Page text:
Nat Finkelstein was a photographer with the photo agencies PIX and Black Star during the 1960s. He was a successful mainstream photojournalist, published in major media outlets. In August 1965, Nat was assigned by Life Magazine to photograph protesters in Washington DC. The protest – known as the Assembly of Unrepresented Persons—was designed to link opposition to the Vietnam War with support for voting rights to create a broader peace and freedom movement. Urged on by a young woman holding a “DEFEND FREEDOM” sign, the protesters tried nonviolently to enter the Capitol to present a “Declaration of Peace.” But police intervened and a melée ensued—with Nat Finkelstein there to capture every frame of it.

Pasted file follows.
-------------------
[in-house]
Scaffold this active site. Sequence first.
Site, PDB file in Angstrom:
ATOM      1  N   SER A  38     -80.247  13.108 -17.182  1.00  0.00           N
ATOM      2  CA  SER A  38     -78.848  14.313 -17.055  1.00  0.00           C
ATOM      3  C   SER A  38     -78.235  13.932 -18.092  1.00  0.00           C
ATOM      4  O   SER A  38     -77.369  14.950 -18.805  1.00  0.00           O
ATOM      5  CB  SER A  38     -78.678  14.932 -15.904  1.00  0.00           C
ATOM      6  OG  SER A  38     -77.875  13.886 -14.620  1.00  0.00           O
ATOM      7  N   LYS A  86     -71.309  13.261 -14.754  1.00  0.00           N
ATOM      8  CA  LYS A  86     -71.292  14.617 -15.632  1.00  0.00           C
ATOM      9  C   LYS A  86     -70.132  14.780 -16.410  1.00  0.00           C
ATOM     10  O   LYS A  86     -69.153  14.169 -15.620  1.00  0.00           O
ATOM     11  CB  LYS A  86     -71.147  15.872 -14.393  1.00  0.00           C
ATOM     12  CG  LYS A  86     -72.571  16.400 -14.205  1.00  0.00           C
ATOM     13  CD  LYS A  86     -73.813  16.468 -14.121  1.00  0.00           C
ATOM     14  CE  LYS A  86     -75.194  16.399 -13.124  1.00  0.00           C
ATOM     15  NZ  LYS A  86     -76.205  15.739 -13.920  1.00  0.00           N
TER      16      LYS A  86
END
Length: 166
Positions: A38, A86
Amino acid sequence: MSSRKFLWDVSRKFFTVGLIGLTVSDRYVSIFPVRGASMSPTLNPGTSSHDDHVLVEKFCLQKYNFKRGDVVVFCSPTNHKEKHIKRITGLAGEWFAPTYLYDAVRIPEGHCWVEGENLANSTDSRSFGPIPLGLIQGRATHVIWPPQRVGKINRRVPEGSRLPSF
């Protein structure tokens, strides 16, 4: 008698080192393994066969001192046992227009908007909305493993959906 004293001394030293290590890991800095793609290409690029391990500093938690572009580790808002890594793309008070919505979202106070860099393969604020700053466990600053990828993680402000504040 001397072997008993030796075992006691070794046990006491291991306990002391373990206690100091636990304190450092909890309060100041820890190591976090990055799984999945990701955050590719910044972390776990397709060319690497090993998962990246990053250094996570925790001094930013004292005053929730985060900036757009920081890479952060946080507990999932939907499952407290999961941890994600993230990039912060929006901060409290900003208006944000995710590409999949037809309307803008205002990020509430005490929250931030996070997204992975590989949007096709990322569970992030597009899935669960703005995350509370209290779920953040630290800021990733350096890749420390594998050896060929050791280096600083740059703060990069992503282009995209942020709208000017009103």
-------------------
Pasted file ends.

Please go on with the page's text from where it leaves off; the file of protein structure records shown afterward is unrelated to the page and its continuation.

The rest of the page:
After the protest, Nat gave his negatives to a messenger from Life’s Washington office. Those negatives promptly disappeared. For almost 30 years they remained missing and this hole in the historical record persisted. But fortunately, the contact sheets of the images Nat captured that day were recently re-discovered. Below is Nat’s story, as he lived it.
Photographs and Story by Nat Finkelstein
First published by The Blacklisted Journalist, 2004
The Free Press is free only to the man who owns the presses. —A.J. Leibling, The Press
Liberty is murdered when the Free Press is Murdoched
It was the eighth of August ’65.
There’s hardly a person still alive who remembers that date and time and year when insurrections were here and the protest was clear: all comparisons stop there.
Read the Full Story at Miss Rosen
Photo: ©Nat Finkelstein